LANSING – A nasty, noisy and ridiculously expensive Michigan Supreme Court election campaign may be in the offing once again in 2008. Chief Justice Clifford Taylor and Michigan Democratic Party chairman Mark Brewer have both raised the possibility of a $20 million campaign next year when Chief Justice Taylor runs for a second full term on the court. A $20 million campaign would have the dubious distinction of being twice the current national spending record for a state supreme court race.
The issue of Supreme Court campaign finances is under deliberation in the Michigan House Judiciary Committee, where Chairman Paul Condino (D-Southfield) has convened a series of hearings on the absence of recusal, or self-disqualification, procedures for the Michigan Supreme Court. Federal District Judge Avern Cohen reported to the committee that a study by the American Judicature Society found that Michigan is alone among the 50 states in not having such standards.
In a hearing on October 10th, Rich Robinson of the Michigan Campaign Finance Network referred to Michigan’s Supreme Court campaign finance environment as “an incubator for conflicts of interest.” Since 2000, Supreme Court campaigns have cost more than $23 million, with $10 million of that total spent by anonymous contributors for candidate focused issue advertising.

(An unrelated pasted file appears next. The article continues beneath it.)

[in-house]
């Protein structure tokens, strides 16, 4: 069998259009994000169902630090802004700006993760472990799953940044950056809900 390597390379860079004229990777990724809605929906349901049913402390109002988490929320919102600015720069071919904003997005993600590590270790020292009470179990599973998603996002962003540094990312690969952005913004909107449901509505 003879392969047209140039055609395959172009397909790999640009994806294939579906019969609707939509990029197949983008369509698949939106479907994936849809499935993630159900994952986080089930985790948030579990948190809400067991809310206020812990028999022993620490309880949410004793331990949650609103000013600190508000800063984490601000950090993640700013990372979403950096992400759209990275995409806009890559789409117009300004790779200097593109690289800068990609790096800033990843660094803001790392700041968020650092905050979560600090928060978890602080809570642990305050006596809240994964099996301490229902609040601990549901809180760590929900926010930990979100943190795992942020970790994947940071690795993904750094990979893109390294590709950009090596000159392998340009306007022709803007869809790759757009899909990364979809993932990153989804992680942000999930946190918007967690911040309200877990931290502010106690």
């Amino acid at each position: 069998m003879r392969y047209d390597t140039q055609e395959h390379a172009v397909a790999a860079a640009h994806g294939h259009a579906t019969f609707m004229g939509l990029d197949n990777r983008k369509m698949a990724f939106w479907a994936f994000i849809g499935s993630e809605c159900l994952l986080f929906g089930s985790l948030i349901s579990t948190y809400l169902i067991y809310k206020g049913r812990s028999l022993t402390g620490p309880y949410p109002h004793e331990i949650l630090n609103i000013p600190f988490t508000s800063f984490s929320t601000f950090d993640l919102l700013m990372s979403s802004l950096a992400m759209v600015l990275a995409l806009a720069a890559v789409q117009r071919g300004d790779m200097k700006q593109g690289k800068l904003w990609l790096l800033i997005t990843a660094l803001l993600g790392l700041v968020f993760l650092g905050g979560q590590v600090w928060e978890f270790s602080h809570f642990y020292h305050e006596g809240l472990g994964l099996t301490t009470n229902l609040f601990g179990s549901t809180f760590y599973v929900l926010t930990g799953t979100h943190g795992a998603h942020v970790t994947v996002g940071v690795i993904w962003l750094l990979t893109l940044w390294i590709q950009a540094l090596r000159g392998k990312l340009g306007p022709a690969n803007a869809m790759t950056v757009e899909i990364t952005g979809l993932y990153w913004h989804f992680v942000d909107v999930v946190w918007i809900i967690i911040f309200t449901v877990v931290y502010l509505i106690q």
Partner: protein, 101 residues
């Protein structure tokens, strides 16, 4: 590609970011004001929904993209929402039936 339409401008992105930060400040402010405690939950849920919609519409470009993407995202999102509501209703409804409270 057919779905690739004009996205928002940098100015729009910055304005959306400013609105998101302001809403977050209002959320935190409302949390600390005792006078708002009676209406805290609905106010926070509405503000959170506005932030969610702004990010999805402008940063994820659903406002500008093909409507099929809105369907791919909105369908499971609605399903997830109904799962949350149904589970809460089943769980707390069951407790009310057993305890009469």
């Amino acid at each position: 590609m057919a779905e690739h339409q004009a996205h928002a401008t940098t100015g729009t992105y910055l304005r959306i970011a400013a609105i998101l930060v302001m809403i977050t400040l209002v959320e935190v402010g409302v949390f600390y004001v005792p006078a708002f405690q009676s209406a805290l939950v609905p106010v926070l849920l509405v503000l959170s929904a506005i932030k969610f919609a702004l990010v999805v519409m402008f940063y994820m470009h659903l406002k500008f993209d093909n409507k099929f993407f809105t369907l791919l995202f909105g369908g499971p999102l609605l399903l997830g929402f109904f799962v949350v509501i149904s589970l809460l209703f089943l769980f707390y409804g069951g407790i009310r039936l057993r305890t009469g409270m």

Robinson urged the committee to push for recusal standards and adopt other reforms, including mandatory disclosure of contributors to issue ad campaigns and full public funding for Supreme Court campaigns. He noted that anonymously funded issue ads could conceal from consideration whether a conflict is present in a future court case, and he advised the committee that a system of full public funding could relieve justices’ campaigns from having to solicit contributions from special interests that may subsequently appear before the court.
A forum will be held in Traverse City on Thursday, October 25th at 7 p.m. at the Oleson Center on the campus of Northwestern Michigan College to discuss controversial issues surrounding the Michigan Supreme Court, including campaign finances. The event is free and open to the public.